We met Jonathan and Bethany while living in Vancouver. I remember celebrating several holidays together there, our first holidays spent outside of our home culture.
Since that time, they’ve been living in Portugal. When I asked Bethany to share a story, she replied with one from their first Christmas in their new European home.
Expat life is always an adventure as we learn when to ditch old traditions, how to keep others, how to add some from our new host culture and how to mesh the two together. This is never more true than at holidays, like Christmas.
As expats we make a lot of cultural goof ups as we learn to navigate our new host culture. We’re from small towns in the southern region of the U.S. where it’s normal to bake cookies and other treats and take them to your neighbors during the Christmas season. We decided to do this our first Christmas in Portugal. At the time we lived in an apartment building with 14 floors and four apartments on each floor. We baked a lot of cookies, bought some chocolates and candy canes and made a little bookmark for each neighbor. Then we walked from door to door with our daughter who was just a small baby at the time. We knocked on doors and handed out our goody bags to people who answered and left them on the door steps of people who didn’t.
Our neighbors looked at us a little strangely but were gracious to us as we explained the reason for this was that we wanted our daughter to understand the values of generosity and community and that this was a tradition where we were from. This is NOT a Portuguese tradition. But what is Portuguese is to value other cultures, to be hospitable and to give a gift in return when someone gives you something.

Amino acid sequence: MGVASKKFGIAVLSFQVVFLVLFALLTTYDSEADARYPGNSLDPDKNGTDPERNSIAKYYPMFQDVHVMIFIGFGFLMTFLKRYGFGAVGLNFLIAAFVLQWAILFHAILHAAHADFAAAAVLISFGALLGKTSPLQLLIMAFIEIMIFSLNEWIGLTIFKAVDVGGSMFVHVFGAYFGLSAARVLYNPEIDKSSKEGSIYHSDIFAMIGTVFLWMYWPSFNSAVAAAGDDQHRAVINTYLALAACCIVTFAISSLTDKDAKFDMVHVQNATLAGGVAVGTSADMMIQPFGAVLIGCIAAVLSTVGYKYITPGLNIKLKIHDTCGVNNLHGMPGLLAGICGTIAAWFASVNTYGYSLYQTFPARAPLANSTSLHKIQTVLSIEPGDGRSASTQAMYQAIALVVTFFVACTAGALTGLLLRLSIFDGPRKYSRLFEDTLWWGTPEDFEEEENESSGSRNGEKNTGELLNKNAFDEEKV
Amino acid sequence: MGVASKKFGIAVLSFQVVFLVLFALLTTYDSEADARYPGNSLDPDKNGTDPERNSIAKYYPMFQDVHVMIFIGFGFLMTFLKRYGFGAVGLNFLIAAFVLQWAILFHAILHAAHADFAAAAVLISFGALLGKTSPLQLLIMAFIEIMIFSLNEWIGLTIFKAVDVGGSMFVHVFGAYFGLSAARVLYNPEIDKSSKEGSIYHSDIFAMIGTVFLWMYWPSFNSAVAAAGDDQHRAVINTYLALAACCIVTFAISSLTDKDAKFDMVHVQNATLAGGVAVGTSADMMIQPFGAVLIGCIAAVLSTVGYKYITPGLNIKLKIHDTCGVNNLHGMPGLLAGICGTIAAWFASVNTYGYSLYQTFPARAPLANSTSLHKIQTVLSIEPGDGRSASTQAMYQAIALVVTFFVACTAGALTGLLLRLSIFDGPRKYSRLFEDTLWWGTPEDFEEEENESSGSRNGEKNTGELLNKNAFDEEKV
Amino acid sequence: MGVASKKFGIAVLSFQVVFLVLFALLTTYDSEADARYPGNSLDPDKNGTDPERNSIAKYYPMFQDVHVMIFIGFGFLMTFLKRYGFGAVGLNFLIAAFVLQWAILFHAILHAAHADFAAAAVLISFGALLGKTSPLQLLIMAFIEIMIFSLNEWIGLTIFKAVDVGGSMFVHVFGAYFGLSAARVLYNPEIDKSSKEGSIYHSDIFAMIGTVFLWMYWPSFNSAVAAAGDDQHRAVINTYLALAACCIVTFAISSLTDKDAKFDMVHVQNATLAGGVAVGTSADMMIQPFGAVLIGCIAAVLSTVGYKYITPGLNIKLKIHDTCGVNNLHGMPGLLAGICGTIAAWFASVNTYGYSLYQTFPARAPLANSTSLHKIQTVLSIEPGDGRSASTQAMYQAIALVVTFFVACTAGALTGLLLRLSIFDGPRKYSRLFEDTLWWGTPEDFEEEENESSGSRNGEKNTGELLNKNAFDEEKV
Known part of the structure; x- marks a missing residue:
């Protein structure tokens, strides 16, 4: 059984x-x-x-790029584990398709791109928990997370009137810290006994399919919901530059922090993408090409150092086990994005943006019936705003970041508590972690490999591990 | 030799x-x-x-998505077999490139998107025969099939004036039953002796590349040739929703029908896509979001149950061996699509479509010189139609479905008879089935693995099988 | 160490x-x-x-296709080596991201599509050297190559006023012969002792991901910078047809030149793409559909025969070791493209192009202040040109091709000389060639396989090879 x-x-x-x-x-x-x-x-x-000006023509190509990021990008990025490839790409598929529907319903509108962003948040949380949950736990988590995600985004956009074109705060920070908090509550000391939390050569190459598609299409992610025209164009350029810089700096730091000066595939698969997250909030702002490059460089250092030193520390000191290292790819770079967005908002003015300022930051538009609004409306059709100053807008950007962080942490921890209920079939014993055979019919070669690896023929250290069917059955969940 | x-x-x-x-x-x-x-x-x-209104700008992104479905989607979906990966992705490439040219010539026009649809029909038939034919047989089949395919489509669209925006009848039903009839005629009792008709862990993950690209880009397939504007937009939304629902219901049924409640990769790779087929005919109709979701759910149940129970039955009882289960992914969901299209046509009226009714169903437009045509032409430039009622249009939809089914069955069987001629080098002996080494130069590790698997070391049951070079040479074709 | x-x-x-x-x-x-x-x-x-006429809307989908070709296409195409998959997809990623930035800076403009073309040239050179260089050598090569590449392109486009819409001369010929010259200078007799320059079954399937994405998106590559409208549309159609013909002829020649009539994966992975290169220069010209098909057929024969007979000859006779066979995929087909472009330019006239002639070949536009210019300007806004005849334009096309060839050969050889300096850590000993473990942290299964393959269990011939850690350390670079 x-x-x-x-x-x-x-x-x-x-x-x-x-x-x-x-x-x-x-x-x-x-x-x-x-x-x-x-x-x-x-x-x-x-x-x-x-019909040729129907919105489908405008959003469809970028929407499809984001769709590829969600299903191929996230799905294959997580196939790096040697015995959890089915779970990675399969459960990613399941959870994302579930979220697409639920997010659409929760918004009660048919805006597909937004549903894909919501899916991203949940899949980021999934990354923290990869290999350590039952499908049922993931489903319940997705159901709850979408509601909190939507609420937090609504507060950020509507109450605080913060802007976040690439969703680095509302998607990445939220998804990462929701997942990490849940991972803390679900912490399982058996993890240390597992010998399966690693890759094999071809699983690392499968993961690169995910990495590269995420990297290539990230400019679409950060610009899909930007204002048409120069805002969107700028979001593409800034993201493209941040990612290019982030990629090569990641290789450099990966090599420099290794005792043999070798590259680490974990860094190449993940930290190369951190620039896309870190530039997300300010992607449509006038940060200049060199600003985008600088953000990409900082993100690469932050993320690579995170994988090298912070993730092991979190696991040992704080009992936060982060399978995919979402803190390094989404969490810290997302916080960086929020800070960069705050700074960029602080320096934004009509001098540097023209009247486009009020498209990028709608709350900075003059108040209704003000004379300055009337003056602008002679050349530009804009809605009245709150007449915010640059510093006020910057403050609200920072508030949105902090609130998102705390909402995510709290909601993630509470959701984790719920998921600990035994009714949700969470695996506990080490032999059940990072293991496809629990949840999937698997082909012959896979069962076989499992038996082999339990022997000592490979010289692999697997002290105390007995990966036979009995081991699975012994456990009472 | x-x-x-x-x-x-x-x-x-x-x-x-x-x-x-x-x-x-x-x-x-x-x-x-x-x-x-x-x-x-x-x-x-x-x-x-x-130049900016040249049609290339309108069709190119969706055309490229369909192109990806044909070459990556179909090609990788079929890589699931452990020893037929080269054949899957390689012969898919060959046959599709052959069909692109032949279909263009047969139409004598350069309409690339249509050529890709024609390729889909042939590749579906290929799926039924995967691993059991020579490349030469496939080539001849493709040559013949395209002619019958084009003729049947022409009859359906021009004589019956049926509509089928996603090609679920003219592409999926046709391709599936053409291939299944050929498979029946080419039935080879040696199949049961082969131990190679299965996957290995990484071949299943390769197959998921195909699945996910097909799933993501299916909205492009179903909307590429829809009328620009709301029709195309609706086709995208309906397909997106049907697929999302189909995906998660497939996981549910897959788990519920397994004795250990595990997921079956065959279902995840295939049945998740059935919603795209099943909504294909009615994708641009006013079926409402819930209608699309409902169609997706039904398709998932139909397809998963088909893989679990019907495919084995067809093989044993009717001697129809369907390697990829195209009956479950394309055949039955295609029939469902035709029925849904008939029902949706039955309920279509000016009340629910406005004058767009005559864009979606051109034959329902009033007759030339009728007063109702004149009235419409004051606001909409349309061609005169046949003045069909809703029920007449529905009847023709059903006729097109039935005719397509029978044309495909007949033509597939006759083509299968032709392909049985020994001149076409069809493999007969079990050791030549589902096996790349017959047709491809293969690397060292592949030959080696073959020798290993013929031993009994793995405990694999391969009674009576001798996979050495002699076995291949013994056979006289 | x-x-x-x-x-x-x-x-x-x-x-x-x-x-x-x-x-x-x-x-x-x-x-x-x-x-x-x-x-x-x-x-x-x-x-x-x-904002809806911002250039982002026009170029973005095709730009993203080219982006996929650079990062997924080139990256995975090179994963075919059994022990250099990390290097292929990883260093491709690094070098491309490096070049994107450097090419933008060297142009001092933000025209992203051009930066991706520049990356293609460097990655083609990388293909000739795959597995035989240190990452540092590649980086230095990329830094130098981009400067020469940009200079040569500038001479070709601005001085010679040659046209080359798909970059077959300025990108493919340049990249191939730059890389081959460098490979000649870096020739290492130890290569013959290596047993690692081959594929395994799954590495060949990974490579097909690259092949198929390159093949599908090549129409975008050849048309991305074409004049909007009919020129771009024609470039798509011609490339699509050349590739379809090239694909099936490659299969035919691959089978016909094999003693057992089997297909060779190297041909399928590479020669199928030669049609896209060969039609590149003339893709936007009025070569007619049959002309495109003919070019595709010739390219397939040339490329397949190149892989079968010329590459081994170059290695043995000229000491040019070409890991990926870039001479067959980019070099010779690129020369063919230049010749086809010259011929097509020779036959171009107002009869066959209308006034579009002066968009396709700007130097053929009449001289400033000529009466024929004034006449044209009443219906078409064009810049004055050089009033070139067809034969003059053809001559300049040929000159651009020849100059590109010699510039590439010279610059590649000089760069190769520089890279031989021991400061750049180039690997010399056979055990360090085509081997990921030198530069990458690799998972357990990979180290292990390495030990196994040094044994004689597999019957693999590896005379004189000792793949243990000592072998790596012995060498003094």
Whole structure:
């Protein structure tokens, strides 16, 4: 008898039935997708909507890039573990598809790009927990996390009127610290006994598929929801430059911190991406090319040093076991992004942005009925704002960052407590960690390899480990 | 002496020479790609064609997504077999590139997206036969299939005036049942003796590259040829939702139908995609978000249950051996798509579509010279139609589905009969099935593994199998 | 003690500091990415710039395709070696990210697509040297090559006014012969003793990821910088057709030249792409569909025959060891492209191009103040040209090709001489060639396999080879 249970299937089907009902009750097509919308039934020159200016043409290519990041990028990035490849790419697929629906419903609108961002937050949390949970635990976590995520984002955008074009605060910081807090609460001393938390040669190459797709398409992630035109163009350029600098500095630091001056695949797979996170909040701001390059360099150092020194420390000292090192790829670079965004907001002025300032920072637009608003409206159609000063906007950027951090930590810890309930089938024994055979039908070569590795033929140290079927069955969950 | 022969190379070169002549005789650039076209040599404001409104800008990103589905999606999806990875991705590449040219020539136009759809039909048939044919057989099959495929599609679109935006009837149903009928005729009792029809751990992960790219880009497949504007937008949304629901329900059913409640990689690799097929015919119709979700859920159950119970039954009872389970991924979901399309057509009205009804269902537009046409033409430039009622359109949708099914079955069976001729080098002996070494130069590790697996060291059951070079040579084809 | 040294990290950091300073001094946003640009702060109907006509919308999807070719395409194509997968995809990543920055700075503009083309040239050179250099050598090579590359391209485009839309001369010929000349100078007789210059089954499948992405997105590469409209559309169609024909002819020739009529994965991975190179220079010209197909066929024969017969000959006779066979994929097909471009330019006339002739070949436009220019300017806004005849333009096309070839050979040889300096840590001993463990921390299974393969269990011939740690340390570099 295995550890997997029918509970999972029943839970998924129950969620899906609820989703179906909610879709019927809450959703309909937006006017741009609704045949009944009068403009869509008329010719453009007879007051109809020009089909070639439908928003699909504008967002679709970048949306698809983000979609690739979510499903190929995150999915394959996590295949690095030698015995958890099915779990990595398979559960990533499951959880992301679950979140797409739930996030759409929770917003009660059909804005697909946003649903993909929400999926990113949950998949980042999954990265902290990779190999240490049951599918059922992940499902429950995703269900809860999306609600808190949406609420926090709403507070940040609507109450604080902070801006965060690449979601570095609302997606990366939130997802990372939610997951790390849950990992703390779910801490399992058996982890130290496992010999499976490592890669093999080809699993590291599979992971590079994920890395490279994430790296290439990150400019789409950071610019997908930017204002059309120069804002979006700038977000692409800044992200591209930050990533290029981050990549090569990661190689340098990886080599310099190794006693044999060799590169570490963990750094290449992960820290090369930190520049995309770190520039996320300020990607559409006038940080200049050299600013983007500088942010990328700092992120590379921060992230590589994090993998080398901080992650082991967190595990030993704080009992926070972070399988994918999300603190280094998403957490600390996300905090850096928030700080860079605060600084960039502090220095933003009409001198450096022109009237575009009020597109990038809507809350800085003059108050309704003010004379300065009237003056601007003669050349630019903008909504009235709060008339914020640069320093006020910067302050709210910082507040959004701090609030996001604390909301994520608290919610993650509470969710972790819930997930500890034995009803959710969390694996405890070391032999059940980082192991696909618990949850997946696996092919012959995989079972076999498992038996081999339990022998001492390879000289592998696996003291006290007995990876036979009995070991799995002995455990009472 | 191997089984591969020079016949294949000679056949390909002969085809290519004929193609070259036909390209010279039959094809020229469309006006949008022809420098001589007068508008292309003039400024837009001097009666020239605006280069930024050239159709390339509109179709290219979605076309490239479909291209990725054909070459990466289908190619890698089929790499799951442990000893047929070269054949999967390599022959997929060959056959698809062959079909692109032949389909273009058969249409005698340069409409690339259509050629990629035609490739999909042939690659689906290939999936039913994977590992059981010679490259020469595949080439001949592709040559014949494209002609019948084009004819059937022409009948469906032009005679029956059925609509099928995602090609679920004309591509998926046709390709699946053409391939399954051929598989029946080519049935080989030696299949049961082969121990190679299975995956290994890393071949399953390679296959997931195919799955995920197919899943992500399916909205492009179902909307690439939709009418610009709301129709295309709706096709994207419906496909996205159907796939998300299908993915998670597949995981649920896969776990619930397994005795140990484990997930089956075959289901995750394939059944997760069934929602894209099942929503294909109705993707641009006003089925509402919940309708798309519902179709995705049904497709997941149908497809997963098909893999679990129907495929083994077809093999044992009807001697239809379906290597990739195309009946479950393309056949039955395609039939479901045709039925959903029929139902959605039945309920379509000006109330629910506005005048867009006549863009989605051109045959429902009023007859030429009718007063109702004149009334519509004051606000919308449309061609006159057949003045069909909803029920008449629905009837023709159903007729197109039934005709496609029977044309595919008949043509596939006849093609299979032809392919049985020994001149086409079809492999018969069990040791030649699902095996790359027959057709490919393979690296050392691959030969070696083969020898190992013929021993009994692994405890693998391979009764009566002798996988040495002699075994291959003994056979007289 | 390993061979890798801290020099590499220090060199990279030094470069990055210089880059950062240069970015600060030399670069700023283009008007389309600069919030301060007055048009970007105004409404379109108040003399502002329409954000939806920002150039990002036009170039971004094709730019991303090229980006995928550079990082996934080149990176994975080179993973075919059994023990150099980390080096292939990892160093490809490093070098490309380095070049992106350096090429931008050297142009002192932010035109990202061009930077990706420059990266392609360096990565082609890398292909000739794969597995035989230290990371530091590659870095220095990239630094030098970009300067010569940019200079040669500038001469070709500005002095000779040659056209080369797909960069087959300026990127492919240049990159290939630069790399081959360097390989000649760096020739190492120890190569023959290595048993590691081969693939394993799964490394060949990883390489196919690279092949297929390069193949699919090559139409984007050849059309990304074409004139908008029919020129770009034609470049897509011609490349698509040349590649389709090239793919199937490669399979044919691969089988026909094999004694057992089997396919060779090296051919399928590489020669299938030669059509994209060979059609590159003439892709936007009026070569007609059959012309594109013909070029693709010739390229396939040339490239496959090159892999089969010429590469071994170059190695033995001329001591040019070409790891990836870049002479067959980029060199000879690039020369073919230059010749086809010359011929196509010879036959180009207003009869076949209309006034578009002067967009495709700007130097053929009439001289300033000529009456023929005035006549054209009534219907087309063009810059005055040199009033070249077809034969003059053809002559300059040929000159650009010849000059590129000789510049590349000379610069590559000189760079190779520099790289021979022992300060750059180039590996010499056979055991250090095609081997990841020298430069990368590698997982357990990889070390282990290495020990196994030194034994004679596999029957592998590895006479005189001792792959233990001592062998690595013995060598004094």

We knew about the first two but we did not know that by doing this everyone felt obligated to give us gifts as well. For the next several days, our door bell was ringing nonstop as neighbors brought lots and lots of desserts, wines, ornaments and small toys for our daughter. We practically ate nothing but desserts for the next week and called friends to come share them with us. All of this for a few homemade cookies and a few pieces of chocolate!
We felt guilty at the time, but it really built community in our building. For the next four years we lived in that building, our neighbors greeted us daily and had long chats with us. Many invited us in. They knew us all by name—not just the people on our floor, the entire building. The next year at Christmas we knew better than to deliver goodies, but several of our neighbors still brought us things and we scrambled last minute to come up with a little surprise for them.
We still laugh about this first Christmas and how some of our best moments and friendships have come from these early cultural missteps.